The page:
Chiming In On Chai

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Chiming In On Chai

Dear Editor:

(Regarding the former Chai Home for Adults on Beach 125th) The building is a tinderbox ready to go up any minute. Very sad how this is being treated. The "owner" is actually an attorney, probably representing the non-profit organization that owns it. Every homeowner and the city have to come down hard on them, as it’s five years already and something has to give.

Carmela Soprano



Dear Editor:

(In response to Dylan Watton’s 11/09 letter about parking issues) Hi Dylan, I read your letter sent into The Rockaway Times last week titled "Parking Inequality," in which the sentence that  got me was "to prevent non-existent accidents." Where you were referring to is known as a high crash location: Beach 108th Street and Rockaway Beach Boulevard. In early 2014 and again in 2016, Councilman Eric Ulrich’s office did an exhausting and fantastic job in going through hundreds of accident reports, three to five year's worth, and did an analysis of all of the accidents reported at this intersection, noting how many involved turns and how many were serious, which required an ambulance and/or a tow truck to respond. As one of Councilman Eric Ulrich's representatives said, it is the most accident-prone location in the 100th Precinct, and I fully agree with that statement. I'm sure, Dylan, if you ask the Councilman's office, they would have no problem in showing you all the work that went into their accident analysis report. Their office was then notified that the Department of Transportation's most recent study had finally validated the need for turning lanes north/south on Beach 108th Street. Long-term, with the promised redevelopment of Beach 108th Street as part of the NY Rising program, we would still like to see turn signals added to the traffic control devices in this intersection. Believe me, Dylan, I understand your frustration over losing any parking spaces. There are many nights when I get home after a community meeting, shopping etc., that I have to ride around for sometime just to park my car, but I'm sure you believe like me, safety must come first in the case of this intersection.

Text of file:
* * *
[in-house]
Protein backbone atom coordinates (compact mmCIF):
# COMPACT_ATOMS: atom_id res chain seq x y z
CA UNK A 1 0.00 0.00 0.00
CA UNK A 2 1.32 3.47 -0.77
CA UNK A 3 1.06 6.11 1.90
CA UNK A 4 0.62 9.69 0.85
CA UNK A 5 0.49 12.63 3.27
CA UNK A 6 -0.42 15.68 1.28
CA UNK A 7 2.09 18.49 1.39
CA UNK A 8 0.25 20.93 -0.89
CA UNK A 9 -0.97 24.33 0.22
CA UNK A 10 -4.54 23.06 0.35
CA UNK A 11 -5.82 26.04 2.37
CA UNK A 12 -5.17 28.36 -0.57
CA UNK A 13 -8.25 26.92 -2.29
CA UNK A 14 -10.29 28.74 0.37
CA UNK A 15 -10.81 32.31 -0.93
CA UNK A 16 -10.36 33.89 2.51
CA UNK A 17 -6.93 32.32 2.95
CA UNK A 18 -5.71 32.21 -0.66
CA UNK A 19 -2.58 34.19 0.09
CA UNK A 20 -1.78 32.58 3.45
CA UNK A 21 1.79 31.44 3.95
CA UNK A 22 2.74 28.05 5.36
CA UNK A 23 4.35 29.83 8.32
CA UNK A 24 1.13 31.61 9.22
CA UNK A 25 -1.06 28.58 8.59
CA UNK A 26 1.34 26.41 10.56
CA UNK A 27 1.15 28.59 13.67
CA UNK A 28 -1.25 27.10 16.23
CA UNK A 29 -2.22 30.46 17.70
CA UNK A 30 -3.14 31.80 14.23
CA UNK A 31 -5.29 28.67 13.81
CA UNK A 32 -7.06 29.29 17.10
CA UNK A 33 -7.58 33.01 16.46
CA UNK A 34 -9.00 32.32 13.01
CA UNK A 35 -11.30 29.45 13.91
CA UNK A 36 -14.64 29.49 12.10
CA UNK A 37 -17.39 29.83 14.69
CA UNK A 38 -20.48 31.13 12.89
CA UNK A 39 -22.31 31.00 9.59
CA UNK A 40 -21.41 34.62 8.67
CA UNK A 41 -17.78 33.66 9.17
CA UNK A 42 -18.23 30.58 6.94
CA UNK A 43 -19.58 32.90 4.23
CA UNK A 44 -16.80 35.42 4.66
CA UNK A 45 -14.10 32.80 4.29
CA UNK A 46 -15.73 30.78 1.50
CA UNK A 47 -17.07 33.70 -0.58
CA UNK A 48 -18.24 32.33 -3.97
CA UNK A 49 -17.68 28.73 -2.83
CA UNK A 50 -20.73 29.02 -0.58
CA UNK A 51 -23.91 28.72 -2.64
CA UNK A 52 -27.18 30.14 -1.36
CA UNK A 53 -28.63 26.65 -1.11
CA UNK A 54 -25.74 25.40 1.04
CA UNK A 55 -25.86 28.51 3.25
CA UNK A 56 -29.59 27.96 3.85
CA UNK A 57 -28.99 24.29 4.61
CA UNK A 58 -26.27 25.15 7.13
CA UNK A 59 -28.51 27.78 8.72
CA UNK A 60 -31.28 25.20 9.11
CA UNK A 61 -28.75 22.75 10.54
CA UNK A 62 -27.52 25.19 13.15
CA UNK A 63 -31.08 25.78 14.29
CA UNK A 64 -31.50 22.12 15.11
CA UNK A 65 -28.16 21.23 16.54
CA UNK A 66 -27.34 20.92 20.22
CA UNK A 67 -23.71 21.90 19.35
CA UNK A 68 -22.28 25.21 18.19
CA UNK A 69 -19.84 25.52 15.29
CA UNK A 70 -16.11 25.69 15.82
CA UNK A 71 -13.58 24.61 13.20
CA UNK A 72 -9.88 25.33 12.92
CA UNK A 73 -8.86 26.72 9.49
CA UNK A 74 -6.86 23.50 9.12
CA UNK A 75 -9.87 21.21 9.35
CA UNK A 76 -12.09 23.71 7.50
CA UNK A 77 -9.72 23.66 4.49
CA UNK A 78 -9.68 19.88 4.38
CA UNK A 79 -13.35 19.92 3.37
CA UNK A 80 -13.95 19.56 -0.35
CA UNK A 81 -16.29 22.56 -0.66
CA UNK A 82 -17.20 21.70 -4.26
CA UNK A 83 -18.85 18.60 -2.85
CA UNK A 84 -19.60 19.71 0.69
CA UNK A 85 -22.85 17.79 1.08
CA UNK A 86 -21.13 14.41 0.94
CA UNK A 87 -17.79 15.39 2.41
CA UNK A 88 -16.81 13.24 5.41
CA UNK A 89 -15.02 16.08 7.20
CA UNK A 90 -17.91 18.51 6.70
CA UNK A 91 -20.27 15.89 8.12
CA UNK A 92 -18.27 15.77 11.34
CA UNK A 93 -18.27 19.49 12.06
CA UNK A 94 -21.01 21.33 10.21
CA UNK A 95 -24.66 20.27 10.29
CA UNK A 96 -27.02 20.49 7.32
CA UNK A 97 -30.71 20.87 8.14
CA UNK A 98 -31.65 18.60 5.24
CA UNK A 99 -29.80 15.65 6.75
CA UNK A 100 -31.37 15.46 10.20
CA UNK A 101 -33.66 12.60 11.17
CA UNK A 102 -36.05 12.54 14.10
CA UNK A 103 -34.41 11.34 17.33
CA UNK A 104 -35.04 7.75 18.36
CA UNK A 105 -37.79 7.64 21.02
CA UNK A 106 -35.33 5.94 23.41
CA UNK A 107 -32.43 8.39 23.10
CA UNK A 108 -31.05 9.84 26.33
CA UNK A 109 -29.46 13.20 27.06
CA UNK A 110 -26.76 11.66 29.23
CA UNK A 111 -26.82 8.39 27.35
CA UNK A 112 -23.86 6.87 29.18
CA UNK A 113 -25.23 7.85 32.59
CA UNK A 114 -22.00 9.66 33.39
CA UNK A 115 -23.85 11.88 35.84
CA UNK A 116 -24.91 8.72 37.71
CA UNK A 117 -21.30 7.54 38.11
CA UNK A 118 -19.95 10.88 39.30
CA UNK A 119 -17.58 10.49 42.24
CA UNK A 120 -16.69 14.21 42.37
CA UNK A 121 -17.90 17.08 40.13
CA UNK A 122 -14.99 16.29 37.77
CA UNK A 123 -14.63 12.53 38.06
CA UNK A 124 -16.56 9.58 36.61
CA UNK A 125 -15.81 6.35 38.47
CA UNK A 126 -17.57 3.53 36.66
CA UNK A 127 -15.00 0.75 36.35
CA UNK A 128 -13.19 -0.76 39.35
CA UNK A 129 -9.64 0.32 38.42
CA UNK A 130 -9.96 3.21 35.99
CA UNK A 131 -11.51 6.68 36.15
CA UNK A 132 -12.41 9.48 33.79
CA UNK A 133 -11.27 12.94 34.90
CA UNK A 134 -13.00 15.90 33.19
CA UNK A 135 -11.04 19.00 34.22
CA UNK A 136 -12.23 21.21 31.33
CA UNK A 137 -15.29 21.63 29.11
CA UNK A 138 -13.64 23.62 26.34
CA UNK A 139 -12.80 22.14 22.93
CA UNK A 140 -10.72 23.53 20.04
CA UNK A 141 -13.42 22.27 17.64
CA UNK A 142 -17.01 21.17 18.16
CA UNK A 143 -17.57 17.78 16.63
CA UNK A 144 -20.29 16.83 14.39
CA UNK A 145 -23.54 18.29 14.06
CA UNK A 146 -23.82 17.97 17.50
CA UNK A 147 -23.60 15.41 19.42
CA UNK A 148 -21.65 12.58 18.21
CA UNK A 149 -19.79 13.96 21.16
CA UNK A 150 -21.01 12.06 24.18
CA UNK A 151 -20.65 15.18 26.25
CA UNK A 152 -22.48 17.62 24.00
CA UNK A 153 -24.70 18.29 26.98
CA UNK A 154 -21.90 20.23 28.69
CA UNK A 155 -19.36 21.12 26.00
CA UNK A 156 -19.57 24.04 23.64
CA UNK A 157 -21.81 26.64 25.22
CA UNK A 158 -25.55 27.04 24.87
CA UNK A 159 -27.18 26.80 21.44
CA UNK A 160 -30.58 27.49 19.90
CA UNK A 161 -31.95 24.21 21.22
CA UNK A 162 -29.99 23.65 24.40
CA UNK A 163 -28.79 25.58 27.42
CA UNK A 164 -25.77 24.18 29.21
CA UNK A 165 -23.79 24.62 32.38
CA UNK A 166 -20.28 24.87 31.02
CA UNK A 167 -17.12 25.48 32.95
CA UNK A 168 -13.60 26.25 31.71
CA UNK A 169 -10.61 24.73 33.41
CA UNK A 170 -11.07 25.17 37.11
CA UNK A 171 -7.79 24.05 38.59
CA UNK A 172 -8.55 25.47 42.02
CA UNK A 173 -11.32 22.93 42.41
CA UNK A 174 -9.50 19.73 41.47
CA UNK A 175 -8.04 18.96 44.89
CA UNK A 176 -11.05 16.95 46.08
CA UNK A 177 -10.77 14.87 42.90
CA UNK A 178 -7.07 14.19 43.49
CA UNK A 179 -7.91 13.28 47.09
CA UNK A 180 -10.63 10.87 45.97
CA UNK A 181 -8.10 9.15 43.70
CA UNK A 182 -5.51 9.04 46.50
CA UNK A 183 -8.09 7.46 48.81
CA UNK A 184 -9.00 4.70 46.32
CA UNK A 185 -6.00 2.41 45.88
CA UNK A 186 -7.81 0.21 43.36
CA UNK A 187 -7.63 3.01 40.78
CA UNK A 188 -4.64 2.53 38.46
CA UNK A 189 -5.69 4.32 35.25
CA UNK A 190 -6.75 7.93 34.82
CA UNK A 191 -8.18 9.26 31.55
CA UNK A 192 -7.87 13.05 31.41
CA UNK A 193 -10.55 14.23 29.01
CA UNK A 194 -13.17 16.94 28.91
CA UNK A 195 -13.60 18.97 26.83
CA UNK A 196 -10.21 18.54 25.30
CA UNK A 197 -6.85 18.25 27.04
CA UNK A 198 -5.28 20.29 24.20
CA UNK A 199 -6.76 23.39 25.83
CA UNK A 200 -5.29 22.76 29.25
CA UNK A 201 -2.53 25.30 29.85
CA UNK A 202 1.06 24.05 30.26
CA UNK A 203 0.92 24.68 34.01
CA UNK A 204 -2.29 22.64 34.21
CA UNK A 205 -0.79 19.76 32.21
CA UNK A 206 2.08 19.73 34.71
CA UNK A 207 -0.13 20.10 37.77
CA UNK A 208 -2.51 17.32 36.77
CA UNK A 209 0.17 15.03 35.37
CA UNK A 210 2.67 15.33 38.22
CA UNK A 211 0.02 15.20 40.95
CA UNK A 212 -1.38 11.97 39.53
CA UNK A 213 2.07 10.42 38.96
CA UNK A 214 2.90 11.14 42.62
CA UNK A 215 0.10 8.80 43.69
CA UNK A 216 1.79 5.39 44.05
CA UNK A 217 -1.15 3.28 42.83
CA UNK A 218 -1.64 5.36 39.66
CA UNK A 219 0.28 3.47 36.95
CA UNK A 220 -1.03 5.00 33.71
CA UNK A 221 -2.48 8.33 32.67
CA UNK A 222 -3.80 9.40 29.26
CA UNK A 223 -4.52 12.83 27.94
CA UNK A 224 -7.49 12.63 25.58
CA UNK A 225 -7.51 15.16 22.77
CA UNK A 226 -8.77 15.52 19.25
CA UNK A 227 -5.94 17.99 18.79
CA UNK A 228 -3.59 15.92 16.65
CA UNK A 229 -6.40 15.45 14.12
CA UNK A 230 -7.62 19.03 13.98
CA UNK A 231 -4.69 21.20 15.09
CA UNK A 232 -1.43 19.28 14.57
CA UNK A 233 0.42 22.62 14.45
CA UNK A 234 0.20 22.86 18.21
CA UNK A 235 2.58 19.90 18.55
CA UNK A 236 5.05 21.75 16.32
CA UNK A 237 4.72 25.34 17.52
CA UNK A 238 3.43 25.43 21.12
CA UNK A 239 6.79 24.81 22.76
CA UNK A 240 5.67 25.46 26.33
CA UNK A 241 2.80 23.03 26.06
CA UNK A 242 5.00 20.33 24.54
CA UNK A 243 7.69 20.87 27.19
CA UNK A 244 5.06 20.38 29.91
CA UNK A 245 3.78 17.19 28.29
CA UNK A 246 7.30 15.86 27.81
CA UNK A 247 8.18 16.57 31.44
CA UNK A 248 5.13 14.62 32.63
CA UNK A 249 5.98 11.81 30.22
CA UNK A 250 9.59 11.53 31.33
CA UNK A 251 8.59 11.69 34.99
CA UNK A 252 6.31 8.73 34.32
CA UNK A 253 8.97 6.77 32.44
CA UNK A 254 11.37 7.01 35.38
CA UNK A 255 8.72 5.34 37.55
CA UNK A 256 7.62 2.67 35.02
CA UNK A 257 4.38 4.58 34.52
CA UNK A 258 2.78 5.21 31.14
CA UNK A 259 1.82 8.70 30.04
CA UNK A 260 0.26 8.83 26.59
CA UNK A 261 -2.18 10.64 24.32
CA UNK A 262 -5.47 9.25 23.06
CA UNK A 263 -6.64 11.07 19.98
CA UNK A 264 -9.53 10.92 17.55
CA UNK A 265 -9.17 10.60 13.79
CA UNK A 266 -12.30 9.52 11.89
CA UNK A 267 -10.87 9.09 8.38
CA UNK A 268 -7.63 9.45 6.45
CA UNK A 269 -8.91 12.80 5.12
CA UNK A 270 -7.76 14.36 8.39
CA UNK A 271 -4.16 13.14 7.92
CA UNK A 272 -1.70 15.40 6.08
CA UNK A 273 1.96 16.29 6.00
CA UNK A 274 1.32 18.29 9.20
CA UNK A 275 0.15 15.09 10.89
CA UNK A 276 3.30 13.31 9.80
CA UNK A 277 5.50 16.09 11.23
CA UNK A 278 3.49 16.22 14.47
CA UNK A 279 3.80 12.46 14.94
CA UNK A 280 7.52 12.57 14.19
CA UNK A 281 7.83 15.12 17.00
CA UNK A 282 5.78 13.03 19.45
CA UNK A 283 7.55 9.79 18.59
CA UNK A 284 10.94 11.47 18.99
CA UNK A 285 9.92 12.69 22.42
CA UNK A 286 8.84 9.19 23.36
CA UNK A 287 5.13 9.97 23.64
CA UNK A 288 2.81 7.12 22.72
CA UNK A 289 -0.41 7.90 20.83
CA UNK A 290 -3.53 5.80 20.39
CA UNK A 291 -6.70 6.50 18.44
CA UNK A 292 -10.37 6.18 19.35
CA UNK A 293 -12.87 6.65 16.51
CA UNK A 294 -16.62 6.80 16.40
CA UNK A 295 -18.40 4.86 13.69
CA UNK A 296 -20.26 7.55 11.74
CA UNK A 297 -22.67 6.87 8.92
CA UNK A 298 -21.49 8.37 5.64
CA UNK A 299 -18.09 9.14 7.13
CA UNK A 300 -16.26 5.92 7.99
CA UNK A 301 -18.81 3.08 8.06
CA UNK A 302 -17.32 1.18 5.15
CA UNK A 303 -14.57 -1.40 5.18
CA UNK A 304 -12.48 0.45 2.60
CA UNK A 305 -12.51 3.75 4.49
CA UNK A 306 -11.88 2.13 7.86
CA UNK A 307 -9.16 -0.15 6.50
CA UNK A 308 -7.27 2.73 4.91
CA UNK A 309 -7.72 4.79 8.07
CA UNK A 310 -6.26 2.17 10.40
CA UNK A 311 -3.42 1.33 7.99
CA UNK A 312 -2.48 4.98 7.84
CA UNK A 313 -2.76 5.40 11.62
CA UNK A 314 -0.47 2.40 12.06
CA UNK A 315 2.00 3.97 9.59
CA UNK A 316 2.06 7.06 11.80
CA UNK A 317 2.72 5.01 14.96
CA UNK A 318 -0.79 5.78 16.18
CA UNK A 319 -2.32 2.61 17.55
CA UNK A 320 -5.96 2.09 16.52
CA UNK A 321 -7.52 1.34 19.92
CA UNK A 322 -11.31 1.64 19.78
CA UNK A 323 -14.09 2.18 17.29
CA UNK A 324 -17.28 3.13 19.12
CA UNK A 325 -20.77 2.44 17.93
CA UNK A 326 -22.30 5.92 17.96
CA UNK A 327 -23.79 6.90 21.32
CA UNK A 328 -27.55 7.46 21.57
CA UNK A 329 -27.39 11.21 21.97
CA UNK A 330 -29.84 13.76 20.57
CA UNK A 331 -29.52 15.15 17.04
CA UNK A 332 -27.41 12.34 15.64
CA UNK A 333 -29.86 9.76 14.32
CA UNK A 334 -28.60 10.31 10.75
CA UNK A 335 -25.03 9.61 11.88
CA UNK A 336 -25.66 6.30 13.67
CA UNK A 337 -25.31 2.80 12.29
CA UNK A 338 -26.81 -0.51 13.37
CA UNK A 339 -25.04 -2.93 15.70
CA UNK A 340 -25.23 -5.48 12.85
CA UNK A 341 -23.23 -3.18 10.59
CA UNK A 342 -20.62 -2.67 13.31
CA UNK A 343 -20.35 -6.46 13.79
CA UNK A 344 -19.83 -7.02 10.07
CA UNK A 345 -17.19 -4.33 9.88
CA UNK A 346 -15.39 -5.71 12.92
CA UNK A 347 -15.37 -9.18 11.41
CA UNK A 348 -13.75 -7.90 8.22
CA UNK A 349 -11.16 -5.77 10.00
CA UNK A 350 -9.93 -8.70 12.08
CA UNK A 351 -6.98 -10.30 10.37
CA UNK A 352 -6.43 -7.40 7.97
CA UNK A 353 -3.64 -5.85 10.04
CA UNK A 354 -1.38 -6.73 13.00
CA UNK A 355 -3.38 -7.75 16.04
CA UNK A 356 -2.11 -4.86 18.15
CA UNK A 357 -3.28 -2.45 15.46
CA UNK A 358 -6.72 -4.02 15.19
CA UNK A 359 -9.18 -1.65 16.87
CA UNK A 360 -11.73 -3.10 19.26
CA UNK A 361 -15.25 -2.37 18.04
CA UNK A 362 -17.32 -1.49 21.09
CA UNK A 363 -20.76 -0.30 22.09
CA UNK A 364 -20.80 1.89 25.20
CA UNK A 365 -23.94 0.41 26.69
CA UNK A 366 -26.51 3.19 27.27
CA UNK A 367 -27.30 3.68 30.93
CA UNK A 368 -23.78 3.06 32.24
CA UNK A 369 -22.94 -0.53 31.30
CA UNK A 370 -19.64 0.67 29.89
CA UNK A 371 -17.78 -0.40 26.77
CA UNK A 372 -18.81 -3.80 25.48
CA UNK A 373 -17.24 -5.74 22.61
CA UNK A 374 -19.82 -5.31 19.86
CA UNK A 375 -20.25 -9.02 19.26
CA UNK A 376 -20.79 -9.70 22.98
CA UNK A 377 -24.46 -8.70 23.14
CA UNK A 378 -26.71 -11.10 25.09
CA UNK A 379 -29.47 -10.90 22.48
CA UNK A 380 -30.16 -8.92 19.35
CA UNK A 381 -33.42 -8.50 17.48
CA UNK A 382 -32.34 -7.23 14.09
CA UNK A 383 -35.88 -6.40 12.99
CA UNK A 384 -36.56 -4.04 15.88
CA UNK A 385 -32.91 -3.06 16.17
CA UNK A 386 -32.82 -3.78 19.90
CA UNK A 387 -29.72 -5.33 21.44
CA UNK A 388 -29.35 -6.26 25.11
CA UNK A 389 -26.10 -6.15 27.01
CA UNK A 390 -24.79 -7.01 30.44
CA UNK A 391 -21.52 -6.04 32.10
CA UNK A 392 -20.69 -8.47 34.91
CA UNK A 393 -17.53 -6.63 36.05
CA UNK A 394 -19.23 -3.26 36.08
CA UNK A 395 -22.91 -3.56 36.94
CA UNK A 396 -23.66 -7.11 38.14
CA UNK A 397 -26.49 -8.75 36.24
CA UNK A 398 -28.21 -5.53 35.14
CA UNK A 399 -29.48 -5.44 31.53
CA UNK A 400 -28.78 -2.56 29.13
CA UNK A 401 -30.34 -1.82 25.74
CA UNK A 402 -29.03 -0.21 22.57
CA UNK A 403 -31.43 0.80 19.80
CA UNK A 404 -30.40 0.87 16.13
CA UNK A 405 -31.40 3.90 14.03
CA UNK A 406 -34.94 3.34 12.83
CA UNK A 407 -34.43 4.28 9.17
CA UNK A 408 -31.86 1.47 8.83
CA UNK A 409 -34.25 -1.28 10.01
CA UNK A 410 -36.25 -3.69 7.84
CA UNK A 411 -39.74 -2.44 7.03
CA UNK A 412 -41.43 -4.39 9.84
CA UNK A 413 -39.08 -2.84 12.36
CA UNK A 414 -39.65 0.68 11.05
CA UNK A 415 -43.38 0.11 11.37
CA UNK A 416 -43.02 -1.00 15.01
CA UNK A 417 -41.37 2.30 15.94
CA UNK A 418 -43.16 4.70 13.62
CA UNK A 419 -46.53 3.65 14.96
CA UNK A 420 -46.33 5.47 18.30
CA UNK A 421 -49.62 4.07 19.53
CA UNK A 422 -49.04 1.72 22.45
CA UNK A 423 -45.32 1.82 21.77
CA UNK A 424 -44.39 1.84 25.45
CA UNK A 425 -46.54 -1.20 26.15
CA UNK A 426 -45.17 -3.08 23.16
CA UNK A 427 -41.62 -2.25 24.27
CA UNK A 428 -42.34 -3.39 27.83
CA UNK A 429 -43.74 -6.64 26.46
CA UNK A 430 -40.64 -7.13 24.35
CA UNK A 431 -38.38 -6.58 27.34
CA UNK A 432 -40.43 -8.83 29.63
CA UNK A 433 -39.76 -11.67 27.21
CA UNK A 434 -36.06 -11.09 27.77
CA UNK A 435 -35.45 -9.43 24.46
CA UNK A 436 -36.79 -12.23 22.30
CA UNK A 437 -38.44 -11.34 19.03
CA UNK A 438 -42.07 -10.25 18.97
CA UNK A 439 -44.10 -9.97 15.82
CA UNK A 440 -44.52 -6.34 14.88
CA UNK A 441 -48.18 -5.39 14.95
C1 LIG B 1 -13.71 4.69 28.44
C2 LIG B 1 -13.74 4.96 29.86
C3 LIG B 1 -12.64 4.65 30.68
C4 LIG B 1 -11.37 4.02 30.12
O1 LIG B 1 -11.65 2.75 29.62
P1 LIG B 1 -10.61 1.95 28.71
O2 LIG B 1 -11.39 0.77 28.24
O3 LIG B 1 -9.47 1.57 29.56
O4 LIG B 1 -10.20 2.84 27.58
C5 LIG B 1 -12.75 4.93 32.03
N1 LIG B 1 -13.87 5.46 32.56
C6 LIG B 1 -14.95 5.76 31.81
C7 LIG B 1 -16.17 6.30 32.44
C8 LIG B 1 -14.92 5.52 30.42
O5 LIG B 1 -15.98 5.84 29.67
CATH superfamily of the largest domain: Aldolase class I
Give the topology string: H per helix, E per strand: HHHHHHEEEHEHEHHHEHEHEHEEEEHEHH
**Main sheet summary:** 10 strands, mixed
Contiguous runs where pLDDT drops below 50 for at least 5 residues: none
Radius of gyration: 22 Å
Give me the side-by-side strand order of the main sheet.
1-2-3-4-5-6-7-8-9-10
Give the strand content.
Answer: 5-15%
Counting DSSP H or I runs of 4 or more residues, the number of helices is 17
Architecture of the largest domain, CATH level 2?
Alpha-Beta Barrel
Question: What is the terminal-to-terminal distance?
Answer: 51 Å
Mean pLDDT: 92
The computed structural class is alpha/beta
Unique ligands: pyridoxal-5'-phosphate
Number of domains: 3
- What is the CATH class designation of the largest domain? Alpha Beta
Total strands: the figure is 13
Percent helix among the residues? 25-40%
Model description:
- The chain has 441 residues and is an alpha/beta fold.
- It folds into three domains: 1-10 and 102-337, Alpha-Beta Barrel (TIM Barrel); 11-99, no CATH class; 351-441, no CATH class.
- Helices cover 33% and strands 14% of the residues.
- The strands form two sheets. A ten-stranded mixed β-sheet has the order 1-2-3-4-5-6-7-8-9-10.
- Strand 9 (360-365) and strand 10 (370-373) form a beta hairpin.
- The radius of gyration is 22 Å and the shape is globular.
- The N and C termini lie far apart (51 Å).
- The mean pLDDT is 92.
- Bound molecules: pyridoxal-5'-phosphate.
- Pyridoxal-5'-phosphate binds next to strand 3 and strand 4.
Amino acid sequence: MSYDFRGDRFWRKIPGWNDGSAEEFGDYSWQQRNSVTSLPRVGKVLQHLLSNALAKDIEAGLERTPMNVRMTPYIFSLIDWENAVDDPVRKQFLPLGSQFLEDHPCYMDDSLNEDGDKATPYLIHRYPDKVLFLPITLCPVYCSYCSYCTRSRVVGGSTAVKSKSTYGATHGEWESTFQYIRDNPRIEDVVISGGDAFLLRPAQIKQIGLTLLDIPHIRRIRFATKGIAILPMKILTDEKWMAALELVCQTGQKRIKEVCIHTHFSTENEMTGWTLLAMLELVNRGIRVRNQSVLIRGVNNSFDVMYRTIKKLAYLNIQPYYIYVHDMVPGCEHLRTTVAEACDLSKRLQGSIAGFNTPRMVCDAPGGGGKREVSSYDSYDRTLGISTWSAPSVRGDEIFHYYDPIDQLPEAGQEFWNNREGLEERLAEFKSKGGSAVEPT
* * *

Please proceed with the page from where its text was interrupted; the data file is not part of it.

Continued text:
Danny Ruscillo

Co-Chair CB 14

Transportation Committee


Queens Rail Idea

Dear Editor:

Councilman Ulrich is rightly cautious about restoring the Rockaway Beach Line (RBL), seeking to connect it into the LIRR Atlantic Branch instead. I had lived in Richmond Hill and am all too aware of the strong opposition to having trains near homes, schools, and businesses.

But there is a solution, one that is part of the fabric of New York, and used when elevated and surface routes are not or no longer practical, and that is to put the RBL underground from Atlantic or Jamaica Avenues to the LIRR at Rego Park, or to the Queens Blvd subway, where there is a bell mouth. That approach would allow for the linear neighborhood park known as Queensway to be built on top. Existing ballfields and parking would be retained. Intermediate stations can be built like at Metropolitan and Jamaica avenues or phased in as needed by the local communities.

The Woodhaven Jct. station can be reopened for transfers with LIRR trains. An underground connection can be built to the Montauk Branch for trains to Long Island City and an above-ground link constructed at Aqueduct for the long-sought after and highly-desired one-seat ride from midtown to JFK Airport.